My kids are lucky to have Grandpa Dan in their lives. And Grandpa Dan once told them, “don’t buy the junk you see in the stores, it will be wasted money, buy something you will use.” I’m paraphrasing, but that has been really great advice. My husband likes to collect the Starbucks cups that have city names on them, yes even if he only stopped in the airport. I like to get a tea towel. It is so hard when you are young because you want everything – you want a keychain, and maybe a button, and oh look at this mini Eiffel Tower it is only one euro that isn’t much! It’s hard to not buy stuff because it really is everywhere.

But when our daughter took a school trip to the UK and came home with chocolate, I knew that Grandpa Dan was proud of her. She brought something she could use, something she could share, something she knew we would all appreciate, and it was edible so it didn’t collect dust on a shelf.

So look at the stores and smile at the touristy stuff. Laugh at the fact that you will see the same thing seven different times, with just slightly different prices depending on the area of town you are in. Remember you can buy that Eiffel Tower keychain at every tourist stop in town. And then stop in at the corner bakery and buy a box of treats to take back to your hotel. Take a selfie with the Eiffel Tower, or pretend you are holding up the Arc de Triomphe. It’s the memories we make, not the one euro toy that matters. Of course if you are somewhere like Quimper, France, and you need to buy pottery, I say buy two. We’ve also bought tshirts, which can scream tourist, but do get worn in our house.


7. Relax and have fun! Traveling with kids can be stressful. Plans can change, metros can be closed, the weather can be just too hot/cold for you to want to enjoy anything. During a trip we will sometimes have packed days and other days we have little to do, either way it ends up being fun.

Life in Italy has taken some time to get used to and we’ve decided that we will make the most of our time here, but sometimes the best part is being able to travel to another place.

A Surprise Trip to Athens

My oldest son loves Greek mythology. His love started when he read the first Percy Jackson book, and hasn’t wavered since. He’s endured the movies (despite the comment that the books are so different compared to the movies) and reads the latest book the same day he gets it in the mail. So as a surprise, we arranged to take a long weekend trip to Athens.

The smaller airlines here offer great opportunities to travel. Naples is a large enough airport that you can fly direct to many places and the tickets are not very expensive. We flew with a Greek airline, Aegean Air, and managed to get seats in the second row. No first or business class on the small planes, I think your seat choice is made when you check in since it’s a budget airline.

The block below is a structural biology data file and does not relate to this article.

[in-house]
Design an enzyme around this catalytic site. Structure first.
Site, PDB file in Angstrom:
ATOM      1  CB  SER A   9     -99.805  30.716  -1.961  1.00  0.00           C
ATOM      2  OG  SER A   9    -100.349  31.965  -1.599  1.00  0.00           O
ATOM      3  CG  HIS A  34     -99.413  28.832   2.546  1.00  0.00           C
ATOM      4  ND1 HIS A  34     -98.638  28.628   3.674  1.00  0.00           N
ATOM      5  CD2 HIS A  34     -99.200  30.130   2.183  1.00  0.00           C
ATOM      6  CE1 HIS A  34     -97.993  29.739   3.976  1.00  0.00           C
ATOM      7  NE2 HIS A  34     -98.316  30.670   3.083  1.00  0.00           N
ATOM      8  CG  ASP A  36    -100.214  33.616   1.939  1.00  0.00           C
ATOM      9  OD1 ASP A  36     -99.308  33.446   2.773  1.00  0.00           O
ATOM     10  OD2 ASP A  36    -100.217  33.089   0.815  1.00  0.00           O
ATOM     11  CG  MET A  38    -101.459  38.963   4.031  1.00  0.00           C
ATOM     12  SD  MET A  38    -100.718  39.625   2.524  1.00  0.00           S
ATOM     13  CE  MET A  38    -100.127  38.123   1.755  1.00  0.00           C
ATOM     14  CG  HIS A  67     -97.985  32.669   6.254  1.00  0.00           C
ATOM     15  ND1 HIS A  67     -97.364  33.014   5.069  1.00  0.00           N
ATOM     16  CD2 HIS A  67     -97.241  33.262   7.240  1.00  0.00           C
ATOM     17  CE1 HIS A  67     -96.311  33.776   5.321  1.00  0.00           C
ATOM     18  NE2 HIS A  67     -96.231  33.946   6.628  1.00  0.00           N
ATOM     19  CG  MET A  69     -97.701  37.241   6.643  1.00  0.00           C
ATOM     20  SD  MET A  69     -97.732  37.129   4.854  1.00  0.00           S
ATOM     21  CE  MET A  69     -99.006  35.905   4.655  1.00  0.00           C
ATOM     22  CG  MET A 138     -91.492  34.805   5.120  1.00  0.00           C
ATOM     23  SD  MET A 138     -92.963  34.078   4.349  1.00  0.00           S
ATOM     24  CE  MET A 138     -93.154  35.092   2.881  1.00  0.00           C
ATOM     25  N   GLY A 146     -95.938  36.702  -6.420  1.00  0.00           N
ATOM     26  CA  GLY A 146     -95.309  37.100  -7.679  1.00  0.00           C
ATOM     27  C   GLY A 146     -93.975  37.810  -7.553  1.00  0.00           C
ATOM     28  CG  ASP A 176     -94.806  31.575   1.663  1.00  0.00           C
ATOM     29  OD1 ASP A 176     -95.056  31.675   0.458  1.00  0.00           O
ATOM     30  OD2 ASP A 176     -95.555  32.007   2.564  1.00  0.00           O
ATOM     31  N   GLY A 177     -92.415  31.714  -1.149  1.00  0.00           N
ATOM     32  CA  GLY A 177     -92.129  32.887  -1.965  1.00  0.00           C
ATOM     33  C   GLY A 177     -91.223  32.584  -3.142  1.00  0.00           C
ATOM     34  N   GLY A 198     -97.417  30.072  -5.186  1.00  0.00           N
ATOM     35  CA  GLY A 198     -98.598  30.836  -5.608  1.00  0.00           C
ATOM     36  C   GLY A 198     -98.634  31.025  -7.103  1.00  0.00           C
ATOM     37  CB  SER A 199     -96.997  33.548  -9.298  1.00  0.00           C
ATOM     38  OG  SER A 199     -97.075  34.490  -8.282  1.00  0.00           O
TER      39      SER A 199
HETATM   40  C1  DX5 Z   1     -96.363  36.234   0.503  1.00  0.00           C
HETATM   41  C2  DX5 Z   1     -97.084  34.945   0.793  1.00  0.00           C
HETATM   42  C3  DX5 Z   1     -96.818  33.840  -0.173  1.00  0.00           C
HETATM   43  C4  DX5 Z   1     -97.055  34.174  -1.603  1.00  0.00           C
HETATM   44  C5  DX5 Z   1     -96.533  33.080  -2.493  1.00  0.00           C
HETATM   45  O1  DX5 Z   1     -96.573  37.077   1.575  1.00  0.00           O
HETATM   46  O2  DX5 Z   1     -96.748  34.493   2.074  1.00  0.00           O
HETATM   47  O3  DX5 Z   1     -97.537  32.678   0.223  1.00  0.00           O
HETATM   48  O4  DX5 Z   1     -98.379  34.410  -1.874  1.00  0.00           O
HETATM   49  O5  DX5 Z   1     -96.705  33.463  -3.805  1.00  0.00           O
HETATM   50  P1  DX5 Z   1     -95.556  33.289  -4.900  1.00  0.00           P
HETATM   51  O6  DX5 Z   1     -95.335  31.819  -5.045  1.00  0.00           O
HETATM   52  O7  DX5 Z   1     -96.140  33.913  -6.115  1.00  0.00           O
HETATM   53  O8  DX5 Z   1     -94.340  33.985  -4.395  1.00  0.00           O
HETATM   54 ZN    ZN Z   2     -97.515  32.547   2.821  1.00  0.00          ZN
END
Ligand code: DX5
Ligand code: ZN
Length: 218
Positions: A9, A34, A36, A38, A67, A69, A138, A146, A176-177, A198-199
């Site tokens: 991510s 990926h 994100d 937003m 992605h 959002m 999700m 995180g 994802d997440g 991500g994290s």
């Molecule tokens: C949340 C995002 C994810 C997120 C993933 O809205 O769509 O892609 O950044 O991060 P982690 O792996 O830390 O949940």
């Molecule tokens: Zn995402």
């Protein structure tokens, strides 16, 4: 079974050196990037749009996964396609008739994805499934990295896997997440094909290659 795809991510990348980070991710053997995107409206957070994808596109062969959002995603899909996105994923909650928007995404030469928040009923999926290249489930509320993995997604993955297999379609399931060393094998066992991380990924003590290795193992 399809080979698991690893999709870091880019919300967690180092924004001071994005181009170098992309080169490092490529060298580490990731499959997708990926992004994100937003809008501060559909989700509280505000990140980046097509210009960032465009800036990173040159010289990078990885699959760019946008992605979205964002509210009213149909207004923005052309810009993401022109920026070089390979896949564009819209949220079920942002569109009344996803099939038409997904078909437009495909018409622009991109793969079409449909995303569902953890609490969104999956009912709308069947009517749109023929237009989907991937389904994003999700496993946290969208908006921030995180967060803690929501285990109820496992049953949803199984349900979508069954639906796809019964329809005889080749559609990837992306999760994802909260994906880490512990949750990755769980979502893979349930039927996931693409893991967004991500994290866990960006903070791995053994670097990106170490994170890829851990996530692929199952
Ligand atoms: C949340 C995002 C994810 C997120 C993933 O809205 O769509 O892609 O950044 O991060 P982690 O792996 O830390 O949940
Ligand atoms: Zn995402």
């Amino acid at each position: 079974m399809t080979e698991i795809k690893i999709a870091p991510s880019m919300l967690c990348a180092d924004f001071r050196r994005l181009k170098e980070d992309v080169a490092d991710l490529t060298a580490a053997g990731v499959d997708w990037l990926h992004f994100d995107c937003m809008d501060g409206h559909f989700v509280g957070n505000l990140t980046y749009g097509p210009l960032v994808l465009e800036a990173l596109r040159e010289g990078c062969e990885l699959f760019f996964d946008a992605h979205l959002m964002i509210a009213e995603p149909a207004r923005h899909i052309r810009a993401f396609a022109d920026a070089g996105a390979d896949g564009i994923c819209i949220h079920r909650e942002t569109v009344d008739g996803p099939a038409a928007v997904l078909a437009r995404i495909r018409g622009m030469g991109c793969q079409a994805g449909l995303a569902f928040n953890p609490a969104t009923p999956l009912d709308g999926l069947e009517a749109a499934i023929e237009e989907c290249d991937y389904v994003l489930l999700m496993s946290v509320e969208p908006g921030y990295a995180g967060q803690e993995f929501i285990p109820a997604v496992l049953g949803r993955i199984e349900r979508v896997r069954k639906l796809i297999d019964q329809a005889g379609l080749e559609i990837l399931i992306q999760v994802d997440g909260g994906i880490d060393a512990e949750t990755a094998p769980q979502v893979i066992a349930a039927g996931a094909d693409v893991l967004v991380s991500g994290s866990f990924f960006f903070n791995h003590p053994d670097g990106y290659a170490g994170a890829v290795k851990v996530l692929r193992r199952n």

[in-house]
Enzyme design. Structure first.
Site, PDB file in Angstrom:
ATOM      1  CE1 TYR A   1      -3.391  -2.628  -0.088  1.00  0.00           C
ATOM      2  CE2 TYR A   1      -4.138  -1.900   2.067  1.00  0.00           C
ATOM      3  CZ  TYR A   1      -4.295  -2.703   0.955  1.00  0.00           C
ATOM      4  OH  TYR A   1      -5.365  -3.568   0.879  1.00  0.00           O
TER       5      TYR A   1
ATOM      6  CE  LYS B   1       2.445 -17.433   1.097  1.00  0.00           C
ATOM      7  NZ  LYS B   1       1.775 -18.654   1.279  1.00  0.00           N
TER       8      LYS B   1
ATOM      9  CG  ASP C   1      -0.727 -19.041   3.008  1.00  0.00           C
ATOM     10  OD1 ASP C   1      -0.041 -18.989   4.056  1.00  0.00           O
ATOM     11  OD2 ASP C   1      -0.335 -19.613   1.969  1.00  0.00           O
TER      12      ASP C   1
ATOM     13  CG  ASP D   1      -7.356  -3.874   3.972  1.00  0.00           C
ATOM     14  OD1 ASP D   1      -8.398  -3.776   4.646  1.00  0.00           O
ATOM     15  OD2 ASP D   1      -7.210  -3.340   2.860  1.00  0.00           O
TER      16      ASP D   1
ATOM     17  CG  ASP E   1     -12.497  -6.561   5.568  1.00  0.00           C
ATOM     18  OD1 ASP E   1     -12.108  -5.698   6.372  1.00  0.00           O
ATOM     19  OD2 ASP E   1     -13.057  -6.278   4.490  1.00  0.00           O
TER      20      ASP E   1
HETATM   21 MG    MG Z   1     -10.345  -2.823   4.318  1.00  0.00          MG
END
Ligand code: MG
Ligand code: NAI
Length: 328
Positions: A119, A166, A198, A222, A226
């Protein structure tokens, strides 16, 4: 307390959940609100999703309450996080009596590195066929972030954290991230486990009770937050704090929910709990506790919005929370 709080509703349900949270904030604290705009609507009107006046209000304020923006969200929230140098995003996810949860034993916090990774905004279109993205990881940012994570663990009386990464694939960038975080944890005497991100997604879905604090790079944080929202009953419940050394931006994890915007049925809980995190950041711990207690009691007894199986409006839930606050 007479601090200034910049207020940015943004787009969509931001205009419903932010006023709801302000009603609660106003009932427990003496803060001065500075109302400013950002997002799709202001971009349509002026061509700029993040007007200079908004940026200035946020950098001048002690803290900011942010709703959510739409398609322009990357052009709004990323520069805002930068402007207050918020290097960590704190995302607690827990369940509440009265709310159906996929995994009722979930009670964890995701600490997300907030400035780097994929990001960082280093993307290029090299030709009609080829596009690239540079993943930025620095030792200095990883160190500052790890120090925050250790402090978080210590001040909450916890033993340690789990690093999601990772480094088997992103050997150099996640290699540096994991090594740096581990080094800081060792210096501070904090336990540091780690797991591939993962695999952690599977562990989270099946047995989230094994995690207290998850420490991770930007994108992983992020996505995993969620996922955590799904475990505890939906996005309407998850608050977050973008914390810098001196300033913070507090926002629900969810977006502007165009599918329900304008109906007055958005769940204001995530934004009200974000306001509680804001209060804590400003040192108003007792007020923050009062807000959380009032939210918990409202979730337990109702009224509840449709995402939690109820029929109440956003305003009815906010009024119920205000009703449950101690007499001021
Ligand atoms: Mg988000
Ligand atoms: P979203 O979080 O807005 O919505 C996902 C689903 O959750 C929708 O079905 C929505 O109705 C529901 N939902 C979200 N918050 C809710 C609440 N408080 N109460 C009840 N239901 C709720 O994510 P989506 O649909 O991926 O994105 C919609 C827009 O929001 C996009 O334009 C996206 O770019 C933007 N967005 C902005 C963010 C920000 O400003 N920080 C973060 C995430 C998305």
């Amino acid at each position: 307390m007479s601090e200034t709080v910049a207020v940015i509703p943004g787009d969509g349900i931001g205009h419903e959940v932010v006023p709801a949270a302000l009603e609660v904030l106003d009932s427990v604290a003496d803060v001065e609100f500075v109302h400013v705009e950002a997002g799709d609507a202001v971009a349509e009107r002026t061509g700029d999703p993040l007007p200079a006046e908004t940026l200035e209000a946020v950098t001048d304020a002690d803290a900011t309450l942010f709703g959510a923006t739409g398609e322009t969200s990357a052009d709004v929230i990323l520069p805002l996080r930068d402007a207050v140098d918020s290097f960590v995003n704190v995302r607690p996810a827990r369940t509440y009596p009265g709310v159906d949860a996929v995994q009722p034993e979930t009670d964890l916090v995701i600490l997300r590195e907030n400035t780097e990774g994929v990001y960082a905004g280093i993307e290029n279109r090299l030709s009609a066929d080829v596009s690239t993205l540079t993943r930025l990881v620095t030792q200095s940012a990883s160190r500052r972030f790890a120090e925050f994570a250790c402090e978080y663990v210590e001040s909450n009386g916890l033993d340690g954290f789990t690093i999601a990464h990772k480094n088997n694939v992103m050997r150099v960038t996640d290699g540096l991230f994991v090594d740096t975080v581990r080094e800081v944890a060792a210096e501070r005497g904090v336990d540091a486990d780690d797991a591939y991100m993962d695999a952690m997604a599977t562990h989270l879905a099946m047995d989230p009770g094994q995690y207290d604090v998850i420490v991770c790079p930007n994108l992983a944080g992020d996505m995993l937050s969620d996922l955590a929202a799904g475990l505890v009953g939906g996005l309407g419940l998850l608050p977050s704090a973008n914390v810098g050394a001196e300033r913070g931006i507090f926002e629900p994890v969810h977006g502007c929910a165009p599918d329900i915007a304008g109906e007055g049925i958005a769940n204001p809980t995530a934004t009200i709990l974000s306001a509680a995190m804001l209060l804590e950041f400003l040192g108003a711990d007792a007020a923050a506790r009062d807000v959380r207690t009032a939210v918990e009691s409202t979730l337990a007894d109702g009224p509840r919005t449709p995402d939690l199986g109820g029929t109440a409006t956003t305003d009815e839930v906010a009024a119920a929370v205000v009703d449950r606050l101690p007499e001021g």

We always stay with an AirBNB rental because hotels in Europe are small and would require us to have two rooms. It’s easier, and more fun and relaxing, for us to rent someone’s apartment for a few days and also have access to a kitchen if we desire to cook. I found an apartment with a great view of the Acropolis and walking distance to almost everything we wanted to see. But like many other European cities, Athens is laid out in such a way that walking to things is fine. We did the big red bus tour (a favorite of ours to do in every city we visit) and enjoyed walking the tourist strip and side streets.

Outside of seeing all of the sites, finding good food is a priority. We arrived very late and despite it being around midnight (or possibly later?), we were hungry so our taxi driver stopped at a place for us to get gyros. Delicious! And only a few euros each. We had three full days to explore the city.

Favorite museum: Acropolis Museum. Everything from the Acropolis is in here, save for what other countries stole years ago and won’t return. We also went to the National Archeological Museum (statue here is from this museum) which also had really a lot of artifacts from a wide variety of areas. The NAM was nice, and it was cool to be able to take photos (not allowed in most of the Acropolis Museum).

Statue of a kore
Statue of a kore

Favorite restaurant: Piatsa – we liked this so much we ate here three times! Top to bottom: feta w/ olive oil and herbs, chips w/ feta, feta wrapped in pastry and topped w/ honey and sesame seeds. I promise we ate more than feta. We ate at a couple other places that were huge disappointments, we feel like they thought, “oh Americans, give them the American type food” which was hot dogs in one restaurant. No thanks. three foods

Favorite drink: freddo cappuccino! A few euros and served everywhere. I loved these, especially in the hot weather. We paid no attention to the weather forecast when planning the trip.


Favorite thing about the Airbnb rental: the rooftop eating area and view of the outdoor theater next door. We watched The Godfather one night. It played in English with Greek subtitles.

outdoor theater